An electron is a charged particle so, its
angular momentum from its orbit will result in a magnetic field. This orbital
angular momentum allows it to act like a tiny bar magnet we call spin angular
momentum. Another magnet, the orbital angular momentumn (we refer
to as quantum number L) can interact with the spin angular momentum. .
As long as the orbit (L) does not equal zero (like it would as an s orbital),
coupling between these two magnets can occurs. The interaction of
these two magnets is called spin orbit coupling. There are two possibilities
for these magnets, they can be parallel to each other or anti parallel.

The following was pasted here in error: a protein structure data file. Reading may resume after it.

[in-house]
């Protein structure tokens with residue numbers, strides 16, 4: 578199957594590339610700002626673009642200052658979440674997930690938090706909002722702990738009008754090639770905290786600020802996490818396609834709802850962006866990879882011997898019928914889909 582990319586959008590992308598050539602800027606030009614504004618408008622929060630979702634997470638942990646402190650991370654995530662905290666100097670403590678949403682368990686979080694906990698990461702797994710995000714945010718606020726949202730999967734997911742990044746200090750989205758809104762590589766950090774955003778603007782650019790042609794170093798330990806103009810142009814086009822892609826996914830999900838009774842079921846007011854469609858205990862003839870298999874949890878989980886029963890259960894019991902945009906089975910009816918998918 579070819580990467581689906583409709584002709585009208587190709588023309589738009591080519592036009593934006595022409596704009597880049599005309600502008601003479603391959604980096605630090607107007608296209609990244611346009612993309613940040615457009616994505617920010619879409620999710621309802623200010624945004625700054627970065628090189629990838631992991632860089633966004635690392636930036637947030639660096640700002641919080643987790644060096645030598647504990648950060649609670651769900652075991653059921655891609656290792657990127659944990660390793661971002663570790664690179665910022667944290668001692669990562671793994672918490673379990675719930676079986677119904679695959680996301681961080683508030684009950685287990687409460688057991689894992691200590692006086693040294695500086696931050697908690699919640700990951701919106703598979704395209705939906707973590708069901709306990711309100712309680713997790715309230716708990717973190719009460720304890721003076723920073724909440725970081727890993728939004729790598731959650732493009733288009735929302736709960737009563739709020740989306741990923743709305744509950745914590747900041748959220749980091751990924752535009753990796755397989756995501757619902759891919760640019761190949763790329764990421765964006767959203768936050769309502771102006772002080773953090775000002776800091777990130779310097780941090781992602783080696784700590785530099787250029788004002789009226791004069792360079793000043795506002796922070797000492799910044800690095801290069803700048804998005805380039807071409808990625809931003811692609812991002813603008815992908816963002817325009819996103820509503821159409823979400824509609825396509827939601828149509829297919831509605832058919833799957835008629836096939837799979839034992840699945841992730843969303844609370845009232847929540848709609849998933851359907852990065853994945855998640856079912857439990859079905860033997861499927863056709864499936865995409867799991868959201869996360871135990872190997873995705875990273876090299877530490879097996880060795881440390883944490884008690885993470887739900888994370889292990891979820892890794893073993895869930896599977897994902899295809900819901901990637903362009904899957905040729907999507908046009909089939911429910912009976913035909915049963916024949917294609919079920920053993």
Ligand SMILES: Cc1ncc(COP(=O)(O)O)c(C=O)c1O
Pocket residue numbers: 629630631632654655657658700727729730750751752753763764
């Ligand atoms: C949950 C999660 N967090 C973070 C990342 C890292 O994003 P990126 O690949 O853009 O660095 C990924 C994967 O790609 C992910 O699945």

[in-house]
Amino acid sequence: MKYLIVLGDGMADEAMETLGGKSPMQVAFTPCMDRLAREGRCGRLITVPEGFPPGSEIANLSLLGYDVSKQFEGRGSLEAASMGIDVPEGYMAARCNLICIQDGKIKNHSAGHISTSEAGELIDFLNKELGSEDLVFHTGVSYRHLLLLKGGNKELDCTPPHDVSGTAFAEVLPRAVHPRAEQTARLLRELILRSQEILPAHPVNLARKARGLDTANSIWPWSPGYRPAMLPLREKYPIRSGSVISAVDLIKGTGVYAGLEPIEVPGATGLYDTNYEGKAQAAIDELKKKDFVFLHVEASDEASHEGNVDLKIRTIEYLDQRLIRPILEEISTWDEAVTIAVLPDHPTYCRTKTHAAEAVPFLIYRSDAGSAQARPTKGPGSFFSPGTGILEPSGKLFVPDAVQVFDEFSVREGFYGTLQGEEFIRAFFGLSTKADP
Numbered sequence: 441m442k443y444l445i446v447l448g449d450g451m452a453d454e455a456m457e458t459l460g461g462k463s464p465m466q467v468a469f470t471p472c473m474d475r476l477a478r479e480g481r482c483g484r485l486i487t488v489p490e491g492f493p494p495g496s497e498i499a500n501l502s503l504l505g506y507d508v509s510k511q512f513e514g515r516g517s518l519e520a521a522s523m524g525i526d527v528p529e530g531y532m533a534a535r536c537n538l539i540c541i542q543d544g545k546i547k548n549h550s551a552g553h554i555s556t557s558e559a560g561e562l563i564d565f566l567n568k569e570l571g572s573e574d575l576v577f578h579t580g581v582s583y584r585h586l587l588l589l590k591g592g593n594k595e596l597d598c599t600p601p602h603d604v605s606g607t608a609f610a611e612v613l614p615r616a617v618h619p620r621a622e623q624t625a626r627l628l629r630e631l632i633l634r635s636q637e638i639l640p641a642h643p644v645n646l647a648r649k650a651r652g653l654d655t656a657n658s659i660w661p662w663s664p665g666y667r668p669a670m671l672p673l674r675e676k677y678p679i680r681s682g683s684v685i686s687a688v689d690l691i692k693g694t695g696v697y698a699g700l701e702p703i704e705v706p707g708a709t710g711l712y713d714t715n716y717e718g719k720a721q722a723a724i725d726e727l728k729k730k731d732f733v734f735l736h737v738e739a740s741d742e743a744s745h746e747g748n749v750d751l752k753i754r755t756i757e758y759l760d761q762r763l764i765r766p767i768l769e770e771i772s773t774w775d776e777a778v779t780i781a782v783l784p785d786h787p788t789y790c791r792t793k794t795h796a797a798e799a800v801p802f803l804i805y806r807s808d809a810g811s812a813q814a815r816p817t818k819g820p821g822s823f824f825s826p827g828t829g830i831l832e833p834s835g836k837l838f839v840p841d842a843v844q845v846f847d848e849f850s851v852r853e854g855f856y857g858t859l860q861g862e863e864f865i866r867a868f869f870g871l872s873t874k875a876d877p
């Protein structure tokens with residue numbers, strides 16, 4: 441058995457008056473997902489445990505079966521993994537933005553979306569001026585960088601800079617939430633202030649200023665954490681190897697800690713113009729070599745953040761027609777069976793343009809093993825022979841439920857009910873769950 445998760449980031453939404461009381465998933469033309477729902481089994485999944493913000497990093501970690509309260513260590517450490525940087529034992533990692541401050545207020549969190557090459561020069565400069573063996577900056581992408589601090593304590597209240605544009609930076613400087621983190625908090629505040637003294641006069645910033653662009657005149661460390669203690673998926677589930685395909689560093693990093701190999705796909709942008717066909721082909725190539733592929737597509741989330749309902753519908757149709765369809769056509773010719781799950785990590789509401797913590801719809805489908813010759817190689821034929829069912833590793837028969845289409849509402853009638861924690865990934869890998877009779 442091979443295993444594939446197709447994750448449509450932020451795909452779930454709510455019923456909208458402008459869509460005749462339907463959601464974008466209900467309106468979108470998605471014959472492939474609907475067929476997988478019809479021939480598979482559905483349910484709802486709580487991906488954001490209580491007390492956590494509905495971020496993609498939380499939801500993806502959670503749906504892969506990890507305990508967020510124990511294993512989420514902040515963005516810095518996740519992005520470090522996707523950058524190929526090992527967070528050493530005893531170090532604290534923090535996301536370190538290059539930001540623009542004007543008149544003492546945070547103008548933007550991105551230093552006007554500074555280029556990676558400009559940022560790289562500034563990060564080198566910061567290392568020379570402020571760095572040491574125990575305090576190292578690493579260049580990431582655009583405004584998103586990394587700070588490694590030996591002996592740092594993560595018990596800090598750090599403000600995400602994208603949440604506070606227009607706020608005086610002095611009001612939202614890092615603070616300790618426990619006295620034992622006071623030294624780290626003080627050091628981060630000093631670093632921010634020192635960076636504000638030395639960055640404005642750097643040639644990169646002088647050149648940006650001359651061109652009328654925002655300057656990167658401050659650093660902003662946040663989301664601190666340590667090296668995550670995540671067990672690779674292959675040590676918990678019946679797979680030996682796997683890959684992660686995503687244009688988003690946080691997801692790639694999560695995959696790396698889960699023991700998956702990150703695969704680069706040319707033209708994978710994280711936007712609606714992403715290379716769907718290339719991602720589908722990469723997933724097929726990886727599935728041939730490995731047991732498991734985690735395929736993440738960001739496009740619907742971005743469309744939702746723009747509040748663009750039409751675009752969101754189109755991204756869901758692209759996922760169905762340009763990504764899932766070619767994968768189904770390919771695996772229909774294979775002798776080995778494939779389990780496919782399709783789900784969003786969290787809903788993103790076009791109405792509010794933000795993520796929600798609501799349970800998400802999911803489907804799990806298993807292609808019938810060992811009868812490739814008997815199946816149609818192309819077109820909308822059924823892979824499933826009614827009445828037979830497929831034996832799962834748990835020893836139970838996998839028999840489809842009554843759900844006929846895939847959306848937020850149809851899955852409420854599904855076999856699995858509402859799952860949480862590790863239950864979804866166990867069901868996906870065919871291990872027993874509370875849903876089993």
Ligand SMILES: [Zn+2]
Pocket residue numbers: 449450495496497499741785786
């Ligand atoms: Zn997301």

In the parallel position, a higher energy (J) is obtained. We can
think of it as a construcvtive interference. The quantum number l=1 adding
constructively to a spin of 1/2 gives rise to a J value of1-1/2.
If the interaction is destructive, we see l=1 and spin = -1/2 giving rise
to J= 1/2 or a low energy (J). The strength of this coupling increases
with atomic number. Pretend we are "riding on the electron" It will
appear to us the nucleus is orbiting the electron. Nuclei with a high number
of protons will be at the center of a strong magnetic current and we "as
we sit on the electron" will experience a strong magnetic field. 1This
strong field can cause the spin to flip.
Figure 13.17 from Atkins, P. (2001). The
Elements of Physical Chemistry with Applications in Biology, 3rd ed.
W.H.Freeman and Company: New York, p 321.